Sire (2009) states that prime reality in Christianity is “the infinite, personal god revealed in the Holy scriptures. This God is triune, transcendent and immanent, omniscient, sovereign, and good.” In Christianity daily life consists of abiding by the word of God and using the bible as a guideline. When an individual follows a holy book, the idea of right and wrong becomes absolute. He states that God’s goodness suggests that there is an absolute and personal standard that is found in God’s character. However, there is still hope for humanity. God is also love and will not abandon his creation (p. 31).
In the postmodern worldview, language constructs meaning. It states that matter exists externally, and God does not exist (Sire, 2009, p. 217). The idea of universal truth, or good and evil, does not exist. The definition of reality, due to it being everchanging, is not attainable. In opposition to Christianity worldviews, this postmodernism believes “I think, therefore I am.” Aside from one’s own existence and thoughts, everything else is uncertain (p. 219). This idea presents its focus as the individual and their ability to be thinkers.
In Christianity, the entire existence of reality is from God. God gave existence to all by his word and nothing more. If God is eternal, the beginning, and the end, then everything in this world around us and beyond is from and of God. Sire states that God is heavily involved in the unfolding pattern of an ongoing operation in the universe (p. 32). Through this idea, we understand that each choice we make yields a response. Although God knows all our daily choices can shape different aspects of life and therefore produce the future. As human beings, we are given guidance through the bible, but the ultimate decision is made by us. Sire explains the concept that although the universe is orderly, it is not determined, that is why we can make decisions.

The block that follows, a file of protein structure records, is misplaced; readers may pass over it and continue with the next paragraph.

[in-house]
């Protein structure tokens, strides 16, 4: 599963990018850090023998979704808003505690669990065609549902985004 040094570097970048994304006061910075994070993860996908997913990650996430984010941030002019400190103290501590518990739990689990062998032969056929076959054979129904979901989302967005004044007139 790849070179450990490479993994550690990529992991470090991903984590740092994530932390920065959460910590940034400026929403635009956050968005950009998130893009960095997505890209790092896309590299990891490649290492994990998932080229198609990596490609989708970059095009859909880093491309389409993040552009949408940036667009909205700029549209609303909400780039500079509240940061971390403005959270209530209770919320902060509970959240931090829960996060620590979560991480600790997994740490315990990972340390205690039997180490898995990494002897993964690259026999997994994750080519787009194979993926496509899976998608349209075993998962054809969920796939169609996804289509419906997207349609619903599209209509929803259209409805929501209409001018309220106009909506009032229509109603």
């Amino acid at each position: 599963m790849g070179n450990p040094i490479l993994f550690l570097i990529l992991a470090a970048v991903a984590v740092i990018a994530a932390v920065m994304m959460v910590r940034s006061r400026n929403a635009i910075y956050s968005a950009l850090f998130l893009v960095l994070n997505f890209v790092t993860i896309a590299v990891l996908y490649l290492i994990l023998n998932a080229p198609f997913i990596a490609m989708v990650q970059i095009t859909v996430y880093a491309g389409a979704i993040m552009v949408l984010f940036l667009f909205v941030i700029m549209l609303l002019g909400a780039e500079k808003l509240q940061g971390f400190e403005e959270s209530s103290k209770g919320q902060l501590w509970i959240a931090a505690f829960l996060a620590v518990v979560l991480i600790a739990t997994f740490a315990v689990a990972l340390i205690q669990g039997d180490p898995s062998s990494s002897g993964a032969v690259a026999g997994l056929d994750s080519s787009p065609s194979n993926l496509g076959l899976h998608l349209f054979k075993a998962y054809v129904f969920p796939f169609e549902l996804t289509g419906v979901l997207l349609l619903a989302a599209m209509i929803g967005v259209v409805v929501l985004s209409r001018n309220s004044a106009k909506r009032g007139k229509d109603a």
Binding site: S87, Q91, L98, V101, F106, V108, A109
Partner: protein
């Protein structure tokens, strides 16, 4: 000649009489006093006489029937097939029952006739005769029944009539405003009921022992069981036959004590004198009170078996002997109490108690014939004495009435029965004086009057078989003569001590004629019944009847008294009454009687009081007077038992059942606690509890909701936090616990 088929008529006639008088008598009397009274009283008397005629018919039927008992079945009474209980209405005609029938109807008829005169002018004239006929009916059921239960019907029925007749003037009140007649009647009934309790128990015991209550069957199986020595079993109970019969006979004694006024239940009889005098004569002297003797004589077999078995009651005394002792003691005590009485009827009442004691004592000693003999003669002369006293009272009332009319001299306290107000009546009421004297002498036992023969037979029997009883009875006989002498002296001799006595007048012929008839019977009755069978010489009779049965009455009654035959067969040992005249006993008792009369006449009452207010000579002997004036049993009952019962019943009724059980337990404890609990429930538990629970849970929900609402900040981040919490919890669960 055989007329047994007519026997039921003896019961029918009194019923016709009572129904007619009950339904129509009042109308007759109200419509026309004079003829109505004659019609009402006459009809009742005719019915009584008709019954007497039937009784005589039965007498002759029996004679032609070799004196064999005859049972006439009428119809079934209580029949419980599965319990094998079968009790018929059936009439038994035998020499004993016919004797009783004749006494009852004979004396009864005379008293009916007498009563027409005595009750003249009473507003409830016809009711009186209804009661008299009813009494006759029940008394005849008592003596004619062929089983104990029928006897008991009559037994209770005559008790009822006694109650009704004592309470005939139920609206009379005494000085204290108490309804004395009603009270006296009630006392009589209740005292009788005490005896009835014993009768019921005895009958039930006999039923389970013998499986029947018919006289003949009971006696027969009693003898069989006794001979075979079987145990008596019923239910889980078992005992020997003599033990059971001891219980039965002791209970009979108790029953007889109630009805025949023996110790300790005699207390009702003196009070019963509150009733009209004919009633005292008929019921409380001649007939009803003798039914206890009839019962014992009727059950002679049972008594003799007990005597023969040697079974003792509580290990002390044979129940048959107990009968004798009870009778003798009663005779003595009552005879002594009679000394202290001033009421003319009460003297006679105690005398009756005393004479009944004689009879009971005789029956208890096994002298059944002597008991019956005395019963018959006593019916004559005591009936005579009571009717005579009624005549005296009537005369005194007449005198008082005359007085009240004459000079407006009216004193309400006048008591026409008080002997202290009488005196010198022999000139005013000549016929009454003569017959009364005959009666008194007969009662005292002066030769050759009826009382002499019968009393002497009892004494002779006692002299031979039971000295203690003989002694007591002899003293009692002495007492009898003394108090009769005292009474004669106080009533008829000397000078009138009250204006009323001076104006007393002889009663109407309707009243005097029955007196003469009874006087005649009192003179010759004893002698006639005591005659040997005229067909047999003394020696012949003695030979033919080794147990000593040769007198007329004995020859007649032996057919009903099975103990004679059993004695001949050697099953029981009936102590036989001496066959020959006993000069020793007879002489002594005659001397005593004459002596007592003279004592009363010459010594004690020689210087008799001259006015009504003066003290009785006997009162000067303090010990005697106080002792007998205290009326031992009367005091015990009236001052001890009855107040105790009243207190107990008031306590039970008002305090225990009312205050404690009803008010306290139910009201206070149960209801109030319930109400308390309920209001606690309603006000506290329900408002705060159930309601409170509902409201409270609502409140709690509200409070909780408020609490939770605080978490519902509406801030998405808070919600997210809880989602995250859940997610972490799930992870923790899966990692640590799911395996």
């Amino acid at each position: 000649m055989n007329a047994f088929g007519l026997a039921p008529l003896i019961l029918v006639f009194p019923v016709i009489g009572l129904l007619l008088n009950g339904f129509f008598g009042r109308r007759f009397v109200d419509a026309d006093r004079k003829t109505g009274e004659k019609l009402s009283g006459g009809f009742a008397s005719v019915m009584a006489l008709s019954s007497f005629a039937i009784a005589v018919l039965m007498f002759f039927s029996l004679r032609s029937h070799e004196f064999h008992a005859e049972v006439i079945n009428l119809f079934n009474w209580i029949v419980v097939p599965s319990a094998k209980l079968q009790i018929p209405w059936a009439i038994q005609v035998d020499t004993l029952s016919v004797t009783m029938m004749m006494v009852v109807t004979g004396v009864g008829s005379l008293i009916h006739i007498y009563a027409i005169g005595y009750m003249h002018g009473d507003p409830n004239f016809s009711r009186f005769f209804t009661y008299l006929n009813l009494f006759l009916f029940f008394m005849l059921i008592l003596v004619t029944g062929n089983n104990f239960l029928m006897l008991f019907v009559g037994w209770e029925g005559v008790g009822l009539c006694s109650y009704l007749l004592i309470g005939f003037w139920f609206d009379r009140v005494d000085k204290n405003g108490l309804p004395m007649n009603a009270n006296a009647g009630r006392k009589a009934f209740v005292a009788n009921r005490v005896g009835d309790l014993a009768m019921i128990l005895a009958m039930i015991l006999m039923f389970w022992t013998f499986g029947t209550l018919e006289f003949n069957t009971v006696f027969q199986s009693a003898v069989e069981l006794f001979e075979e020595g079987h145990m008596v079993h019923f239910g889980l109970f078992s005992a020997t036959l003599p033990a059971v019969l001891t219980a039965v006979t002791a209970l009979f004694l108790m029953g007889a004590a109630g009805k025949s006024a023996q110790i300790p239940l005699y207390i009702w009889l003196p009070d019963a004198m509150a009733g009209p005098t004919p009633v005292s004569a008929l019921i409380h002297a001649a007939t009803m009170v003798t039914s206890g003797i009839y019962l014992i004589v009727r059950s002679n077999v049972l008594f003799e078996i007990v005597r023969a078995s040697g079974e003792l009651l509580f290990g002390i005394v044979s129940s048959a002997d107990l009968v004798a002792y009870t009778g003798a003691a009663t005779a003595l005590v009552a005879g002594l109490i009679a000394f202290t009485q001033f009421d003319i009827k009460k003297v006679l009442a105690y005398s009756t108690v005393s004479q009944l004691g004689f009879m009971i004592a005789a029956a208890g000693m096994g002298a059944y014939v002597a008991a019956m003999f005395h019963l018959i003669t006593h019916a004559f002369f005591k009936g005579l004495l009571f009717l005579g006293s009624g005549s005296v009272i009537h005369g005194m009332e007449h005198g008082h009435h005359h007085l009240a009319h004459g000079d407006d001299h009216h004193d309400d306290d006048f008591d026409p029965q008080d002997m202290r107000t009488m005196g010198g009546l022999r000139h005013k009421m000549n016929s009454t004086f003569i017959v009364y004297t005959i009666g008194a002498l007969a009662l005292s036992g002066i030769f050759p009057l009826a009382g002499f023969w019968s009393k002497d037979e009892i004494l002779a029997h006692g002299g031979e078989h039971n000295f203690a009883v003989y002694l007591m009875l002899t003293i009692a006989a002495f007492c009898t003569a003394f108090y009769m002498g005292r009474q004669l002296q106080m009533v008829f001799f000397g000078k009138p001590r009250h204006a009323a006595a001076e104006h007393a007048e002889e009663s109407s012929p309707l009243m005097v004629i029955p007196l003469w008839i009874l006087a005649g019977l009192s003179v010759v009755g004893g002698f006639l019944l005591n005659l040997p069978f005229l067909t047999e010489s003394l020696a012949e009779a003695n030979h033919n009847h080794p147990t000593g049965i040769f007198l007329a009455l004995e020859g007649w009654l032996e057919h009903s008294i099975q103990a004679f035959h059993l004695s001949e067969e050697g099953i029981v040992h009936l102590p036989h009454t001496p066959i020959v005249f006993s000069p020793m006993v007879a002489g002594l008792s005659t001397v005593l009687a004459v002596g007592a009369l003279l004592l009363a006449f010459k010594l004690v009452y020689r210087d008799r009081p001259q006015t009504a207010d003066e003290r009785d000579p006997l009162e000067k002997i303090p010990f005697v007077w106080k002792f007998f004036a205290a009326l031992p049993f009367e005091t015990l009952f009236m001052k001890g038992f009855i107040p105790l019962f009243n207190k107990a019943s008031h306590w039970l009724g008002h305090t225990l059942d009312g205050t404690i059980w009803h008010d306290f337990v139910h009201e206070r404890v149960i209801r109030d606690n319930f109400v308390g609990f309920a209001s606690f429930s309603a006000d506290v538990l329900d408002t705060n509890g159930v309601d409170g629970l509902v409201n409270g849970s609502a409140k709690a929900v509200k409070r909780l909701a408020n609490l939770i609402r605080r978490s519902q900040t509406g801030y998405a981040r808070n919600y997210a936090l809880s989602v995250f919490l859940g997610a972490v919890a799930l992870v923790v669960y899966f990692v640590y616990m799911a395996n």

External reality is what is created and the world as it is seen by each individual. The postmodern belief is that it is a series of events to which we do not have access. Because there is no “God’s plan,” reality is what the individual perceives it to be and what they find truth in.
Christianity views a human being as a man or woman created in the image of God. Each individual possesses specific characteristics that differentiate them from another. Although we are created in the image of God, we are free to adapt our actions. In the beginning, we are created good. God desires us to follow the righteous path and glorify Him because we are created in his image. “Like God, we have personality, self-transcendence, intelligence, morality, gregariousness or social capacity, and creativity” (p. 35).
According to the postmodern worldview, a human being is who they say they are. Sire explains that in this worldview the “I” is not a substance but instead dependent on the language it uses (p. 227). In opposition to the Christian view, it can be concluded that postmodernists believe society and the way one chooses to portray themselves is what the human being consists of.
To simply state this, Christians believe in heaven and hell. An individual will either enter the gates of heaven and forever in God’s glory, or they will forever be set apart. Based on this principle we conclude that despite God’s forgiveness, each individual is responsible for their actions on earth. “At death, people are transformed. Either they enter an existence with God, or they enter an existence forever separated” (Sire p. 41).